Trump To Cut Pay Raises For Government Workers

The Hill reports that Donald Trump recently sent a letter to House Speaker Paul Ryan announcing 2018 pay rates for civilian government workers, and the workers in question are not likely to be happy with the pay raise that are a part of said letter.

By Ryan Velez

The Hill reports that Donald Trump recently sent a letter to House Speaker Paul Ryan announcing 2018 pay rates for civilian government workers, and the workers in question are not likely to be happy with the pay raise that are a part of said letter.

Trump cited his authority in times of “national emergency or serious economic conditions affecting the general welfare” to make adjustments to the 2018 pay schedule for federal employees. What this ultimately means is that workers were expected to get an across-the-board pay raise of 1.9% as well as additional 26 percent on average in locality pay, but that figure is based on an outdated formula that presidents have routinely circumvented.

Trump’s changes would make this raise an average 0.5 percent increase in locality pay instead, within the range of recent locality increases. He also is using his authority to lower across-the-board pay raises to 1.4 percent, with an average additional raise of 0.5 percent, depending on what city the worker lives in.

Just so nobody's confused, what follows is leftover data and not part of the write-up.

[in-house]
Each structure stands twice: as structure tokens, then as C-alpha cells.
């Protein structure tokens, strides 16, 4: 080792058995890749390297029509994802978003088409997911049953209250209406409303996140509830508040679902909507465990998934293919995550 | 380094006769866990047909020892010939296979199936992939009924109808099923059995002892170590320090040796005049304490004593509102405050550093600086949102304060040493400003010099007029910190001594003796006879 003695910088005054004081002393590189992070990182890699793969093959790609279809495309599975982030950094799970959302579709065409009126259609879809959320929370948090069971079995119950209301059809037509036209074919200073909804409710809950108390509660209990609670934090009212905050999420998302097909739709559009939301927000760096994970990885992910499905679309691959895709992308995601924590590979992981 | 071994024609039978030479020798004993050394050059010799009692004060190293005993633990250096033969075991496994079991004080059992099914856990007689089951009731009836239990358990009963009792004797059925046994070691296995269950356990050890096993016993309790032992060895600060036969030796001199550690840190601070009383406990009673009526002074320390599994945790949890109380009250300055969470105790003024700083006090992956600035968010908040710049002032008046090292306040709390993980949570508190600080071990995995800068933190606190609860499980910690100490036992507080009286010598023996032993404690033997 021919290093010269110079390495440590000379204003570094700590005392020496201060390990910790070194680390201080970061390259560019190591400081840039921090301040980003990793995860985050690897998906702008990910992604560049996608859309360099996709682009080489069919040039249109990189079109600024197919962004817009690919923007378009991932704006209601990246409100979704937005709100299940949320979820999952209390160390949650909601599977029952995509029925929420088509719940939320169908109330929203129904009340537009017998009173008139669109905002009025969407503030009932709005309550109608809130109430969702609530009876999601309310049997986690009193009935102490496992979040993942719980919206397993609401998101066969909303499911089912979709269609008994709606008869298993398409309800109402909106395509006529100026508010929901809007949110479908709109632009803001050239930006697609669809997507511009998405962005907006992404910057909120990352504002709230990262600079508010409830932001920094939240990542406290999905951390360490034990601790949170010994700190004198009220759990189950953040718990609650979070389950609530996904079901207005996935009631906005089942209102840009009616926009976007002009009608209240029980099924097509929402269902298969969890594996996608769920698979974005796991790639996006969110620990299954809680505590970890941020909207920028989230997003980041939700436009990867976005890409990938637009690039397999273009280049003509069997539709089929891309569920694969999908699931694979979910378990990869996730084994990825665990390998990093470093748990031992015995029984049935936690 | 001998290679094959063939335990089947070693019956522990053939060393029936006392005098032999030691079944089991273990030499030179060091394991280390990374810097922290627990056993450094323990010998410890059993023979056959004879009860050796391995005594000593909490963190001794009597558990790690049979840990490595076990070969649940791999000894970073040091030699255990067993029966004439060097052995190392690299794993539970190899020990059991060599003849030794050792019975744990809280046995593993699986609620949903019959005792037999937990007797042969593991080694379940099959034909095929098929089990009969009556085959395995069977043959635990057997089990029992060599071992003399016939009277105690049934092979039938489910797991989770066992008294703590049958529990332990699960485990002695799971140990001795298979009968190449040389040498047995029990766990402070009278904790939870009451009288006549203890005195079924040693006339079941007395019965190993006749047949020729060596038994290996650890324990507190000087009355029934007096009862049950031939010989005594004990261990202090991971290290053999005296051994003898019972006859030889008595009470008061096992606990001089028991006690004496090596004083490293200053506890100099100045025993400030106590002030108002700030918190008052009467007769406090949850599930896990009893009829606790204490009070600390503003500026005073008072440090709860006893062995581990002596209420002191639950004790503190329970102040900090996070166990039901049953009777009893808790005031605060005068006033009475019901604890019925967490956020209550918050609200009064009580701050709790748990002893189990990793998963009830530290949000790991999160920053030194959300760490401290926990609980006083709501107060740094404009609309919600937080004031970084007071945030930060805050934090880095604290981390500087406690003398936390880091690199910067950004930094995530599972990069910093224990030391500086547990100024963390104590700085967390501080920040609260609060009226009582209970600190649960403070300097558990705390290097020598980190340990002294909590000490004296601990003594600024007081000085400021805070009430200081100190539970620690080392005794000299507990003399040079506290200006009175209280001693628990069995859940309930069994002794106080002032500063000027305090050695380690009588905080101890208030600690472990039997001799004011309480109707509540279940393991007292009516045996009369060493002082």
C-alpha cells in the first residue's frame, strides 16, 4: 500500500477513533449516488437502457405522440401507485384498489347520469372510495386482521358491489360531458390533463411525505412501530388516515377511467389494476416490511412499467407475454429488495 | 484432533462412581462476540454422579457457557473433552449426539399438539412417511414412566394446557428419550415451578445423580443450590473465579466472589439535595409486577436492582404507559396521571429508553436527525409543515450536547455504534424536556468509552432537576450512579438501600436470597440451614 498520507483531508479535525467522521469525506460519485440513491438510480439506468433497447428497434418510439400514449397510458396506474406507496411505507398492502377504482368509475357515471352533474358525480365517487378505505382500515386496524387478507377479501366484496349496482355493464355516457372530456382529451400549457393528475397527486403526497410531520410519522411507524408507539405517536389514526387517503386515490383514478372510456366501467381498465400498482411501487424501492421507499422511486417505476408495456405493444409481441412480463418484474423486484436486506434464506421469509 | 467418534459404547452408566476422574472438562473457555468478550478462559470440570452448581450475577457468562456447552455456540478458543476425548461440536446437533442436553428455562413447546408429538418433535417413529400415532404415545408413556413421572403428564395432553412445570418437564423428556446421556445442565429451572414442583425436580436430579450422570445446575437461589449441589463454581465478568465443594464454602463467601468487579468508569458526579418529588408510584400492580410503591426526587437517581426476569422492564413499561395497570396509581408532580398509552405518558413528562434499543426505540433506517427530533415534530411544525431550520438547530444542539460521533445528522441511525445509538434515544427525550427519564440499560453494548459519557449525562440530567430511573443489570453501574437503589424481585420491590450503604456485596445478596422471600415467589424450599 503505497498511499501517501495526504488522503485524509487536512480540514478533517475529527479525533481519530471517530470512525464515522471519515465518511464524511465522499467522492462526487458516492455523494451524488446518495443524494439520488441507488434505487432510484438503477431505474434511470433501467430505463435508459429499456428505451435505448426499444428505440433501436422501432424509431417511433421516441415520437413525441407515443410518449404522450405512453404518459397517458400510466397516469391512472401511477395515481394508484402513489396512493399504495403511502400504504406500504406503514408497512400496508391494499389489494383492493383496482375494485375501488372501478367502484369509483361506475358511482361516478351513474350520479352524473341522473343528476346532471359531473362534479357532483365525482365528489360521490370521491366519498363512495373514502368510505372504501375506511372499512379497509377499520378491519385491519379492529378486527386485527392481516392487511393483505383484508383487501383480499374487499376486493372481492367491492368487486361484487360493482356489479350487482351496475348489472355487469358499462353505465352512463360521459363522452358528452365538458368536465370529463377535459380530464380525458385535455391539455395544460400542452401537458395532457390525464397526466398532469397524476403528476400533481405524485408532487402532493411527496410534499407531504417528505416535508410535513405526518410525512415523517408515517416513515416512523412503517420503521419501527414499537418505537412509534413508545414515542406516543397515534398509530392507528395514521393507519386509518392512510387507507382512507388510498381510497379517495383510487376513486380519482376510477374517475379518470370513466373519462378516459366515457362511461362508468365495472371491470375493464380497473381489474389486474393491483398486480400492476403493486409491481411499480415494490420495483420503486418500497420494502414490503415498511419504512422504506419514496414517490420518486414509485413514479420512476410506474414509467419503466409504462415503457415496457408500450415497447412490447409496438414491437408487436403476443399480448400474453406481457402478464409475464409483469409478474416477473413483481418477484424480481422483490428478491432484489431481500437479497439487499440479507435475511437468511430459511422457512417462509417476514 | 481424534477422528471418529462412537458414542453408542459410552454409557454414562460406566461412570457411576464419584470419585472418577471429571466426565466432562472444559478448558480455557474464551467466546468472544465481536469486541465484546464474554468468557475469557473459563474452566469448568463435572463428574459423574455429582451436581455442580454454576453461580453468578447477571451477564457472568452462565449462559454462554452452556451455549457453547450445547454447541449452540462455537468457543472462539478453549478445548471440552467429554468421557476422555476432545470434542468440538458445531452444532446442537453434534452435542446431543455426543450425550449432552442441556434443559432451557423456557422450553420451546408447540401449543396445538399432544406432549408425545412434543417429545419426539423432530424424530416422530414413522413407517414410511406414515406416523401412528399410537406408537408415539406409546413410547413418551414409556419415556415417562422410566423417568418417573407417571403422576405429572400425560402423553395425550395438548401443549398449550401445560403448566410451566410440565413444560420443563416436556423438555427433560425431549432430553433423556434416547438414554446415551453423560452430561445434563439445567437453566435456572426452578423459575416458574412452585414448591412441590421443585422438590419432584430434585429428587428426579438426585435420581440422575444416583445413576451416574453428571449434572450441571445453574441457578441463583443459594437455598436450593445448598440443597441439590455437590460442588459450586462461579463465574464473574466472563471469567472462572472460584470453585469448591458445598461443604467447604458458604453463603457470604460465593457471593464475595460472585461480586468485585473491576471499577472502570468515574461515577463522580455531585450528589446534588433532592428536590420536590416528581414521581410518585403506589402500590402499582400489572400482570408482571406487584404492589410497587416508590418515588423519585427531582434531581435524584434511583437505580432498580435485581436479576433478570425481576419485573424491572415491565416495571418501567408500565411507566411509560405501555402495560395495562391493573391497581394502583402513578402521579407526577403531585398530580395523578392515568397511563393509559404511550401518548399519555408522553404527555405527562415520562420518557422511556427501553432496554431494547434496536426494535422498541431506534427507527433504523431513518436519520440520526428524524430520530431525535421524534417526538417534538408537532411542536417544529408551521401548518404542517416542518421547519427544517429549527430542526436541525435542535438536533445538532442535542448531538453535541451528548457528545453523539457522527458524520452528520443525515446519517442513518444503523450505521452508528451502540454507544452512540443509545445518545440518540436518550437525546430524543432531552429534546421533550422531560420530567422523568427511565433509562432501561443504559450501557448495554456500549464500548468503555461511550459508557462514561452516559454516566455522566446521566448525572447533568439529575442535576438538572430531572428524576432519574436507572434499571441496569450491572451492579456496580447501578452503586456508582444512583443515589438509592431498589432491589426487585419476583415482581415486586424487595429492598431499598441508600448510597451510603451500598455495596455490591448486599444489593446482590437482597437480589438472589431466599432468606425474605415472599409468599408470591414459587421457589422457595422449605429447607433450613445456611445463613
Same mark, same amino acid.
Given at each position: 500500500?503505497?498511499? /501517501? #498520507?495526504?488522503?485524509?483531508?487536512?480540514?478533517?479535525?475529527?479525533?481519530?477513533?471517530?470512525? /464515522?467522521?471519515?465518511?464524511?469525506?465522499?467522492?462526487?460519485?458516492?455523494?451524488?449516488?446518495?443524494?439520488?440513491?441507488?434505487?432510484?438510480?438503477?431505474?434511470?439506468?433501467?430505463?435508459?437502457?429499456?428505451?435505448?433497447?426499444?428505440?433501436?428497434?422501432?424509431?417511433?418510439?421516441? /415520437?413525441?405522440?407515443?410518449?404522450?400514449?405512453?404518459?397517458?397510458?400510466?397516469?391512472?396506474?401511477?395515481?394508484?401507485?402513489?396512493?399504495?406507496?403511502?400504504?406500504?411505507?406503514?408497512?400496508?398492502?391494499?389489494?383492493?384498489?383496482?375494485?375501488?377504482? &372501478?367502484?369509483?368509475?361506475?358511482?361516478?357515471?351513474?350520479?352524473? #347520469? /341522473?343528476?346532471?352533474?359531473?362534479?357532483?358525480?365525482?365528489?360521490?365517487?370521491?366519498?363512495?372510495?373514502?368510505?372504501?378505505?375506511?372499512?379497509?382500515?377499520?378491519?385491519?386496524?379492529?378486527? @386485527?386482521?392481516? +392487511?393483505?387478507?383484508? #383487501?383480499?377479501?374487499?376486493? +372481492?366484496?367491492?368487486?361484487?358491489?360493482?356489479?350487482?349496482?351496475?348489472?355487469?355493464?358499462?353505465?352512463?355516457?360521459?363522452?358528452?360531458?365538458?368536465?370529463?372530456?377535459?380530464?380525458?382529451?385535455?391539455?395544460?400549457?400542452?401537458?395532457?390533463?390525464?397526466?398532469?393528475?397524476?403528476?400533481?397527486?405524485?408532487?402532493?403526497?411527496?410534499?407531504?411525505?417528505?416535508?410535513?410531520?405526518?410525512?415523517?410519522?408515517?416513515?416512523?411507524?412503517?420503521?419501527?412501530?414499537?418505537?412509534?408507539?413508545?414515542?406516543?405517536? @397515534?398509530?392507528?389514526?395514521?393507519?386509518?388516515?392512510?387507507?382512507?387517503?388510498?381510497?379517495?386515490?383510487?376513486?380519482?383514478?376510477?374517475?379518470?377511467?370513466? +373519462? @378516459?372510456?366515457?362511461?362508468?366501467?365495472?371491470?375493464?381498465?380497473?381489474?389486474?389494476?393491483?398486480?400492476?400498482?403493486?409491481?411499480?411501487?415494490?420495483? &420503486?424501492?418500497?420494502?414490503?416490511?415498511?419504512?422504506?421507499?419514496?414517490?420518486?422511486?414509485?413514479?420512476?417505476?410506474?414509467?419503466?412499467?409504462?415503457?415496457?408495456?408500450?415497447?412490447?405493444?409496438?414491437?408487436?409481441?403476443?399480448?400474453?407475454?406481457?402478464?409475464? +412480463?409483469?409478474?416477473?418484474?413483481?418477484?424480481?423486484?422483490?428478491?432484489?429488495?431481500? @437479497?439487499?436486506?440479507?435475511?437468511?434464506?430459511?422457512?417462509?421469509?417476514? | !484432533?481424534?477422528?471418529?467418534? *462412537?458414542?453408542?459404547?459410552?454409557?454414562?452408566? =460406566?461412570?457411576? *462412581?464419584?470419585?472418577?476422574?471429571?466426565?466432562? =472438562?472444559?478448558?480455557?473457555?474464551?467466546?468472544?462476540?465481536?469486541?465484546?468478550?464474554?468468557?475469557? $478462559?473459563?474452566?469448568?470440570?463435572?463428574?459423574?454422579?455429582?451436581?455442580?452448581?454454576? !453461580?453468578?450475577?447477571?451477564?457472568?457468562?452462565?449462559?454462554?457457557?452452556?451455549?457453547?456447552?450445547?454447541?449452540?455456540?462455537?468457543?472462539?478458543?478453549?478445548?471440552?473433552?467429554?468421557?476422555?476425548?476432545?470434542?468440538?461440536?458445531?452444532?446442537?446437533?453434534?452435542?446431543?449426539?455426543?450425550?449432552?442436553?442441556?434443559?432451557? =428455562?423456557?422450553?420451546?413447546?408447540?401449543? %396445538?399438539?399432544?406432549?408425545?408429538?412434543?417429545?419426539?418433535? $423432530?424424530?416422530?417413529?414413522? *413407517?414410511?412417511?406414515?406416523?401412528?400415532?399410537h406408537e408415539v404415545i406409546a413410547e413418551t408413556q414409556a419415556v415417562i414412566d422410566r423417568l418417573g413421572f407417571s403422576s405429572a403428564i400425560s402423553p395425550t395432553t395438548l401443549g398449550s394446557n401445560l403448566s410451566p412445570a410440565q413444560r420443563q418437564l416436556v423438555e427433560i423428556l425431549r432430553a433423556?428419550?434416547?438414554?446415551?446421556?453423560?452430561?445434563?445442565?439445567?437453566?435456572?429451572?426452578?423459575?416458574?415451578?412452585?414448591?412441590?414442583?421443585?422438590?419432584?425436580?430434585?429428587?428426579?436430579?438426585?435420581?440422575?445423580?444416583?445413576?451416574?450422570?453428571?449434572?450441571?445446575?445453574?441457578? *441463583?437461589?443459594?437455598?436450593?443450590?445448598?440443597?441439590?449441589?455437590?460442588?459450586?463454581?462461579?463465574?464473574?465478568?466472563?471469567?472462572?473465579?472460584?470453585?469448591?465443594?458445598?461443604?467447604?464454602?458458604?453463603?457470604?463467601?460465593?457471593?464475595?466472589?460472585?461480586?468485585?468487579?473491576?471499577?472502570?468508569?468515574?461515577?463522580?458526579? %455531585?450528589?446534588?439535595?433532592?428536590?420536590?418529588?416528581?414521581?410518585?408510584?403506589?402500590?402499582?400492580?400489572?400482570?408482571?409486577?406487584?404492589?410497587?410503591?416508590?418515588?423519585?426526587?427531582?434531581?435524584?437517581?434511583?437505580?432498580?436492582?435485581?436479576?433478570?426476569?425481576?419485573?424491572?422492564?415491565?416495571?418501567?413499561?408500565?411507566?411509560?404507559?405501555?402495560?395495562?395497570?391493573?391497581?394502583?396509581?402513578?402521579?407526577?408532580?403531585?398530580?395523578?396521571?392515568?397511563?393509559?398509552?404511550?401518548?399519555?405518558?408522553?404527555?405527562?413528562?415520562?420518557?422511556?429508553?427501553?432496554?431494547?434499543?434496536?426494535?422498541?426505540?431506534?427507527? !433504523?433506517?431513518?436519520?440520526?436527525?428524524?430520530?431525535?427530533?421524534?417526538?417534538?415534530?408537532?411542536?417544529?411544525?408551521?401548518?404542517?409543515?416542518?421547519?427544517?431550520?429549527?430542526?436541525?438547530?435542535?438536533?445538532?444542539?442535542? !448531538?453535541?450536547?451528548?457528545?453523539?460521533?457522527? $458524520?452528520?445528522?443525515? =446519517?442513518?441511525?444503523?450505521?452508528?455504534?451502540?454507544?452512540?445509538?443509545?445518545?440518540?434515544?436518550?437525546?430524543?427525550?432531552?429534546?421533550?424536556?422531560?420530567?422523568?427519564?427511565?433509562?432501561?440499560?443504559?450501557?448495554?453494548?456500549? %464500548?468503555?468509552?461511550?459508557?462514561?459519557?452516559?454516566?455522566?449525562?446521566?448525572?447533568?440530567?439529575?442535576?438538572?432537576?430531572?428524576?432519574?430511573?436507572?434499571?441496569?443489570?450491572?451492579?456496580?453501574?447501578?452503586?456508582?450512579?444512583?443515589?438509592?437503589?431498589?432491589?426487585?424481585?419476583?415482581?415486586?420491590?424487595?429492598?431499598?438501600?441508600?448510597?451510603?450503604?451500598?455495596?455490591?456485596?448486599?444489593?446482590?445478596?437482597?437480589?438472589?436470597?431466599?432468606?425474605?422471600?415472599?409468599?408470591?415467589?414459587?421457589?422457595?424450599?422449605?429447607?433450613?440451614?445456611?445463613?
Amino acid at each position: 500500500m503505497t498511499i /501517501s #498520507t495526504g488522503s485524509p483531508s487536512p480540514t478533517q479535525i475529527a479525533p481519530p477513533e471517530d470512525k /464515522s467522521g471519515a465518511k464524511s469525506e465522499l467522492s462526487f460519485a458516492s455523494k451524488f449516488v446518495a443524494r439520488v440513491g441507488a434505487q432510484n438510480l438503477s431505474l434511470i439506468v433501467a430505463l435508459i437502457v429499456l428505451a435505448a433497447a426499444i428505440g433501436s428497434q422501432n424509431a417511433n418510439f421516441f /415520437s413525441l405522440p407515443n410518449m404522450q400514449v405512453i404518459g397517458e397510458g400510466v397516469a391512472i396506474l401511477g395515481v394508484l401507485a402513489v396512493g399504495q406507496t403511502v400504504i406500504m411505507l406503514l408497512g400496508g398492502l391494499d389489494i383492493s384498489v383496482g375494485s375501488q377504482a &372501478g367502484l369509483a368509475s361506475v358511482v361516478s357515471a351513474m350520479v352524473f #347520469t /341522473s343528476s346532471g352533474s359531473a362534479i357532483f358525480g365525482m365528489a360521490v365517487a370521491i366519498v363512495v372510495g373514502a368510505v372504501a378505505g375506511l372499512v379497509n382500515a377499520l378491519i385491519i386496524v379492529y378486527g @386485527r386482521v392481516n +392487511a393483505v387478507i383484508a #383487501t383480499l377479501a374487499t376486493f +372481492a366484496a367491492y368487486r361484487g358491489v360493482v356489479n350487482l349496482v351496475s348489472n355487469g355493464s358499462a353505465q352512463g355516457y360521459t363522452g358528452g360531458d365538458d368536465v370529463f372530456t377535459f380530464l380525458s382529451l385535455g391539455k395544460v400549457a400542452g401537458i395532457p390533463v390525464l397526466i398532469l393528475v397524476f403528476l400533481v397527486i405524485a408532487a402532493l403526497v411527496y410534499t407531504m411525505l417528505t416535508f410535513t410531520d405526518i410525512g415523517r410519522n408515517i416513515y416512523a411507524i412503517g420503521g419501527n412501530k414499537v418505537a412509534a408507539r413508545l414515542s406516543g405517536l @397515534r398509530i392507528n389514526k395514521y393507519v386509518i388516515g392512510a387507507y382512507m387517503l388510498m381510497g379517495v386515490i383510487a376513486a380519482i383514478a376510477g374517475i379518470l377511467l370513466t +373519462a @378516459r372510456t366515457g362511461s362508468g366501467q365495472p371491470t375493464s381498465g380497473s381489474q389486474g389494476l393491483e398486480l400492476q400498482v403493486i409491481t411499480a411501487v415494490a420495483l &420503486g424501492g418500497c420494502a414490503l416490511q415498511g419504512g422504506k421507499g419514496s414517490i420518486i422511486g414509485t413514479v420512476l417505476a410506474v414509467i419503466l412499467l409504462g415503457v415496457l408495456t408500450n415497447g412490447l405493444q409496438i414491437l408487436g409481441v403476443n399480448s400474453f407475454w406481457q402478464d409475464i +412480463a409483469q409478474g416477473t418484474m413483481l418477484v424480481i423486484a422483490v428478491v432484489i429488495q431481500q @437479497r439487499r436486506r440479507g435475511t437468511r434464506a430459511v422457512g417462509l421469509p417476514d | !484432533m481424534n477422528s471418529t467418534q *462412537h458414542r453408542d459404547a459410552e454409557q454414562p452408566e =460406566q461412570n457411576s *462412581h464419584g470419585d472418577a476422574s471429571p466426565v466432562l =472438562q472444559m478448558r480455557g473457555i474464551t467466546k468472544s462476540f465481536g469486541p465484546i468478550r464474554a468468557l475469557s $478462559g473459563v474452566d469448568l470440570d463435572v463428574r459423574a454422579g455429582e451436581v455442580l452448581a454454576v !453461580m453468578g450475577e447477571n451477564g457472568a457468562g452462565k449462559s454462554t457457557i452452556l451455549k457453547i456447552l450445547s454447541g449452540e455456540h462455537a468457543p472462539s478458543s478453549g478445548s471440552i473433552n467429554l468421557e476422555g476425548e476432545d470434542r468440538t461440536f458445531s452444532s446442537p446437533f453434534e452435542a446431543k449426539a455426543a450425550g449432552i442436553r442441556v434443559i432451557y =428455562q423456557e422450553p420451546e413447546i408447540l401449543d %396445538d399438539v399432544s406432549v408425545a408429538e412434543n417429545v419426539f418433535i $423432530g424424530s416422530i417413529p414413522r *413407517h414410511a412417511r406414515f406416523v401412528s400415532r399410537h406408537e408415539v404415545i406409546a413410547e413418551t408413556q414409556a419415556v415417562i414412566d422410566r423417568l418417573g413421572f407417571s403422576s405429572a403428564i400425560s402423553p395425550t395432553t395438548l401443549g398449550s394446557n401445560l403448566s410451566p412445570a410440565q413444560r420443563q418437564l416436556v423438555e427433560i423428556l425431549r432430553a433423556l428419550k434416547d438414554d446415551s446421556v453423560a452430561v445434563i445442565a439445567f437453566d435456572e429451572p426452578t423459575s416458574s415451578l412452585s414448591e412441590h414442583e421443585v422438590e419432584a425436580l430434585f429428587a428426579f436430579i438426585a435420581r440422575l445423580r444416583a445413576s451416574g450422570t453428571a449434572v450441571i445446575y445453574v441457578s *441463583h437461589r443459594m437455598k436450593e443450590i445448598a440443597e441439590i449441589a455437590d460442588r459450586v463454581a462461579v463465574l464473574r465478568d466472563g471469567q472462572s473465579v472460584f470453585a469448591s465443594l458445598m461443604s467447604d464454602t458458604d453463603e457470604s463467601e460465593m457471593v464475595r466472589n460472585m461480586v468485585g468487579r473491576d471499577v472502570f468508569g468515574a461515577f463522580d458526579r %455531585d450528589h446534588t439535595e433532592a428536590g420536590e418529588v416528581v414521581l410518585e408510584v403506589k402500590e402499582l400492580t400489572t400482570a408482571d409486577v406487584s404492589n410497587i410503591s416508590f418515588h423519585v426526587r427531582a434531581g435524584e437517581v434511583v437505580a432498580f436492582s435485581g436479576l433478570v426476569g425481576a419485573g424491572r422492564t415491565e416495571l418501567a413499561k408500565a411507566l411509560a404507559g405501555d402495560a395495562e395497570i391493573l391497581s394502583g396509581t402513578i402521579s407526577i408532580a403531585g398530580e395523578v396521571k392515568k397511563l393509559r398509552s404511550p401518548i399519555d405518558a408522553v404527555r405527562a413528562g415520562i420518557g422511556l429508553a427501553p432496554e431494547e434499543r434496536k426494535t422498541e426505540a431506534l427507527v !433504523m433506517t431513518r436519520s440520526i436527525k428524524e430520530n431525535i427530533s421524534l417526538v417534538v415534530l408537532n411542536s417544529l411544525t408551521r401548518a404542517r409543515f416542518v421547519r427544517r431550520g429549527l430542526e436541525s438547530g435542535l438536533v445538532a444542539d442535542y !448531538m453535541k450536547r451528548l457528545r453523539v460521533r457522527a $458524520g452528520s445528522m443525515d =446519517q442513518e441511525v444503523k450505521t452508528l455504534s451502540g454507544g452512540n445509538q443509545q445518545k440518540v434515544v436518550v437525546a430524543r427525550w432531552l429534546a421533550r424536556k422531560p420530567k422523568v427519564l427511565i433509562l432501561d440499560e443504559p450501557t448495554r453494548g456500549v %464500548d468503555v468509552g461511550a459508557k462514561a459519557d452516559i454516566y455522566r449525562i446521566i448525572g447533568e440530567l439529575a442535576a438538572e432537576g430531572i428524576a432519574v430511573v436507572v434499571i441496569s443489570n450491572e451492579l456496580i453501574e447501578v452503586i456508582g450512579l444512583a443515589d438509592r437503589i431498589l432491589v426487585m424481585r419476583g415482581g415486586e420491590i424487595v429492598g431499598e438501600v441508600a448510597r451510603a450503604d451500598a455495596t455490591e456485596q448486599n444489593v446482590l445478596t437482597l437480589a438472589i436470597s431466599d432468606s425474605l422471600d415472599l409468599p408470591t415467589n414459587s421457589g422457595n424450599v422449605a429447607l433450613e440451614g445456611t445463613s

“We must maintain efforts to put our nation on a sustainable fiscal course,” Trump wrote.

“A pay increase of this magnitude is not warranted, and Federal agency budgets could not accommodate such an increase while still maintaining support for key Federal priorities such as those that advance the safety and security of the American people.”

This isn’t the first time a president has intervened to submit alternative pay plans for government workers to avoid larger pay increases that would kick in by default. Obama froze government salaries in place from 2011 to 2013. However, the raise is still lower than what some unions and lawmakers have advocated for.

“[The National Treasury Employees Union] believes this figure is too low especially in light of the fact that federal law calls for a 1.9 percent across-the-board raise and private sector wages are growing at an even faster rate,” Tony Reardon, president of the National Treasury Employees Union, said in a statement. “Add to that, current proposals attacking the federal retirement system would result in a pay cut for federal workers.”

As an added note, members of the military will still be getting the 2.1% pay increase. “I strongly support our men and women in uniform, who are the greatest fighting force in the world and the guardians of American freedom,” Trump wrote. “As our country continues to recover from serious economic conditions affecting the general welfare, we must work to rebuild our military's readiness and capabilities.”

Comments